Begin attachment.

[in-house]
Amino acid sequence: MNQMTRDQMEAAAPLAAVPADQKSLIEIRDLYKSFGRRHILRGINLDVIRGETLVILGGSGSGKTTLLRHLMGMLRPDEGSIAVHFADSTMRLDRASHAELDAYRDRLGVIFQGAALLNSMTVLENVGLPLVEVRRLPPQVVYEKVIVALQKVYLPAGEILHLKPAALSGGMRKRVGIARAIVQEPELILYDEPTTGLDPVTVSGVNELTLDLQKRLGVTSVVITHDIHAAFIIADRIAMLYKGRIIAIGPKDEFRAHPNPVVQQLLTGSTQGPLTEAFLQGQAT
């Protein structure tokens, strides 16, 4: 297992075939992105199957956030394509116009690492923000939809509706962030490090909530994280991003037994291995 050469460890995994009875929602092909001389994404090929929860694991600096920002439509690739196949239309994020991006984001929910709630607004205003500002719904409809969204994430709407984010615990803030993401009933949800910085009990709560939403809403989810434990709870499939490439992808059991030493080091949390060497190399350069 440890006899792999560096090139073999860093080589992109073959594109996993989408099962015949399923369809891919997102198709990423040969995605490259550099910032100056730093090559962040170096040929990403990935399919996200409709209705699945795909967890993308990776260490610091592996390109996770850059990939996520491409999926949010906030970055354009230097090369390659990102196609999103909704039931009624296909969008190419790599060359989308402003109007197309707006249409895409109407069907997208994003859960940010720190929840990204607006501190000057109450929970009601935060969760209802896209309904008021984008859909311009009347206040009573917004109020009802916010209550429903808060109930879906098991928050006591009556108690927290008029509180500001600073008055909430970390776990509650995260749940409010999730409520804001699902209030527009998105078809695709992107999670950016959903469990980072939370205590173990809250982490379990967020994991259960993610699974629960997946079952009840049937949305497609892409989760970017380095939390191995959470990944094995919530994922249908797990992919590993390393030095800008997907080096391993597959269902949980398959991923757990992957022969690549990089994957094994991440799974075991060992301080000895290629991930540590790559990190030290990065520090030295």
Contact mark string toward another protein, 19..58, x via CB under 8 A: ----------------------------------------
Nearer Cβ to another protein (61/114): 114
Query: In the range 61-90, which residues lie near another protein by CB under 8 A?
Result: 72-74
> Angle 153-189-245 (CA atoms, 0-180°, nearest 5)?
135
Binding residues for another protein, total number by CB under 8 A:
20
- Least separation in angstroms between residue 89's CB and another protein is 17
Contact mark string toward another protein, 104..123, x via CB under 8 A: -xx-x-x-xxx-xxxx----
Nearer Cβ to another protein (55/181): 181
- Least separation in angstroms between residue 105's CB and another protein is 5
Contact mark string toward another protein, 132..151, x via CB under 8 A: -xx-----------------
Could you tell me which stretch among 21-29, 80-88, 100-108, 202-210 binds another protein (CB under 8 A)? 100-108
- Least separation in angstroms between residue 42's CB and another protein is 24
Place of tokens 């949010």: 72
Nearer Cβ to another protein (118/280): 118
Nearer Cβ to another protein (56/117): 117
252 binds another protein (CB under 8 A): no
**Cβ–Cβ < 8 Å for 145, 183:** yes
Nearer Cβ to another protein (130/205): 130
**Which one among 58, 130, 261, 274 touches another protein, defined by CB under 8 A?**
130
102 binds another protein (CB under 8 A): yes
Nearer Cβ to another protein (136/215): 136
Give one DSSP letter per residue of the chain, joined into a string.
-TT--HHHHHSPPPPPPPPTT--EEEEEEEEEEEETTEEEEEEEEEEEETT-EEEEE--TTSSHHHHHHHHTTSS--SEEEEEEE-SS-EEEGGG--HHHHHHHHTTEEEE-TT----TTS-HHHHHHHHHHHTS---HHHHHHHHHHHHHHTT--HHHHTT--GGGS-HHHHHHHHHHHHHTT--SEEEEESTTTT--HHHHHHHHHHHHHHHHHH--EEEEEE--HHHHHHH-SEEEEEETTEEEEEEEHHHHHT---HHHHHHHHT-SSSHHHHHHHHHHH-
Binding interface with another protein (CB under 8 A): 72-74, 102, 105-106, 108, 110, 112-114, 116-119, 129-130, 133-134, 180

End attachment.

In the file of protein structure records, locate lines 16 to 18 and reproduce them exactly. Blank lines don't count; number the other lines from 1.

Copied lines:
Contact mark string toward another protein, 132..151, x via CB under 8 A: -xx-----------------
Could you tell me which stretch among 21-29, 80-88, 100-108, 202-210 binds another protein (CB under 8 A)? 100-108
- Least separation in angstroms between residue 42's CB and another protein is 24